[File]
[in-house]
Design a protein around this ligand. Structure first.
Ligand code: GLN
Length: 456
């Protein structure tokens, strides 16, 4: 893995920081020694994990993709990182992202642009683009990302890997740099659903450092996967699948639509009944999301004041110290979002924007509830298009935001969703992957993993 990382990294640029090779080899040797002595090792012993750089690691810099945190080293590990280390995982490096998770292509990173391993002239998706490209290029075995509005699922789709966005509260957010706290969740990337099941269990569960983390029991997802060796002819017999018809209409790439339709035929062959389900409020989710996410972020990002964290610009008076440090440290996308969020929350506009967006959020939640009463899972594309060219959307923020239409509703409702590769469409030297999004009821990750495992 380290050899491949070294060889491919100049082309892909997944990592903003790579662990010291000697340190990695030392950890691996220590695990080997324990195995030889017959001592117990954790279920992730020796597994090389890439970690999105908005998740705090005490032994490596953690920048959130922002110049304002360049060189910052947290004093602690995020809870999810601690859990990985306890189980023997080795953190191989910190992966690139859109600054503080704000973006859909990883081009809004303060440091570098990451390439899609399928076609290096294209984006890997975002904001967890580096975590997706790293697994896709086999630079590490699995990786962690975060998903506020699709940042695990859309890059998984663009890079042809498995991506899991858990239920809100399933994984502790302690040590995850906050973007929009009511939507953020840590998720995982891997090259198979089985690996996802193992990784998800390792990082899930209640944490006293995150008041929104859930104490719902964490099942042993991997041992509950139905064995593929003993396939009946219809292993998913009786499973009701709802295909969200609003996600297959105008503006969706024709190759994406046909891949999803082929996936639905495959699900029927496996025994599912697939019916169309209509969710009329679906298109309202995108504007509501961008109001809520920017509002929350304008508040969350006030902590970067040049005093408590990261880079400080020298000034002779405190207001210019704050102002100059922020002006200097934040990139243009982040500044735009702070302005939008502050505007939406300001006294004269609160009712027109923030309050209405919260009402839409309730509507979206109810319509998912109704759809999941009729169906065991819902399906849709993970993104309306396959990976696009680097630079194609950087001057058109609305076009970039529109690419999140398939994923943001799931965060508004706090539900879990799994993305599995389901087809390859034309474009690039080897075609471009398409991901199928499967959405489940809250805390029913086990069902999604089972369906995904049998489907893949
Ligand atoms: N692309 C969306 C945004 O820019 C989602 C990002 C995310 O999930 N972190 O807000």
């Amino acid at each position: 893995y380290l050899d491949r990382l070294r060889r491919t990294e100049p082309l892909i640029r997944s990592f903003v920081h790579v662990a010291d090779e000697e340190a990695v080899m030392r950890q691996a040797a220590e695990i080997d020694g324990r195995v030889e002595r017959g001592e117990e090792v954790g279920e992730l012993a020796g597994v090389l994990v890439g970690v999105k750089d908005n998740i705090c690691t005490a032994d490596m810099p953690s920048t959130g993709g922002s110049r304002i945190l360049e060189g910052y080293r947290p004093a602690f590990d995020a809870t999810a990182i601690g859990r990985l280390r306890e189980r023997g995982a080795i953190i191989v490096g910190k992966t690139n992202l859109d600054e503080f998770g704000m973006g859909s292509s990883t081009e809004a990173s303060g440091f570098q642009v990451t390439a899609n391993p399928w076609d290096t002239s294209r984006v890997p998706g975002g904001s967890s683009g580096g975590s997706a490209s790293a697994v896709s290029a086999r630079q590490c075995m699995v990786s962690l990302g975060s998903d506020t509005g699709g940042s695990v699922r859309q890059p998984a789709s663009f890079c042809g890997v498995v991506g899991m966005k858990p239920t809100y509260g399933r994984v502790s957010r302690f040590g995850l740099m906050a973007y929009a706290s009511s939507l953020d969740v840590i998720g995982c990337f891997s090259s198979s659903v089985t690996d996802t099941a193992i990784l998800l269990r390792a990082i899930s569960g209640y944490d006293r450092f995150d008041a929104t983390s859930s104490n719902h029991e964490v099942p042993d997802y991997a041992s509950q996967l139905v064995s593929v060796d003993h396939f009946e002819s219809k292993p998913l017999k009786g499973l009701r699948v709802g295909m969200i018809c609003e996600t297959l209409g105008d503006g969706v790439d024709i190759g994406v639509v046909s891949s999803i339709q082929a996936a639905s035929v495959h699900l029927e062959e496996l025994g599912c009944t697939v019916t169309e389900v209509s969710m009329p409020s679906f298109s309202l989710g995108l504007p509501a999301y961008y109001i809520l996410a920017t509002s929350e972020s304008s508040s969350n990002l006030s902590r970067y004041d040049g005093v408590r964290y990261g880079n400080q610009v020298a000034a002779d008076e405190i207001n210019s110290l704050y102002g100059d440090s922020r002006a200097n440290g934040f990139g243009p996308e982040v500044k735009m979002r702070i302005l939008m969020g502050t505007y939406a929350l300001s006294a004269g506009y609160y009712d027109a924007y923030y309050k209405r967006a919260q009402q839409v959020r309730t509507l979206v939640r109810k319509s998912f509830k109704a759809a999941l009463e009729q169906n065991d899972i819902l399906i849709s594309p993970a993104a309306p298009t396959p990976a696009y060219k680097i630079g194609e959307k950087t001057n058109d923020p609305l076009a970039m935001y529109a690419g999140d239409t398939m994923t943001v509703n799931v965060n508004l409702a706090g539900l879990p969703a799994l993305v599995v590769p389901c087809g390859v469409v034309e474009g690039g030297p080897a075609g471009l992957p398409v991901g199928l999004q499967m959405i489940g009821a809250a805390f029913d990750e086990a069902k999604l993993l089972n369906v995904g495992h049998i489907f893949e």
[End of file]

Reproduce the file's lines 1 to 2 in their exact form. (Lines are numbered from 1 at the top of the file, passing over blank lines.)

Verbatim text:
[in-house]
Design a protein around this ligand. Structure first.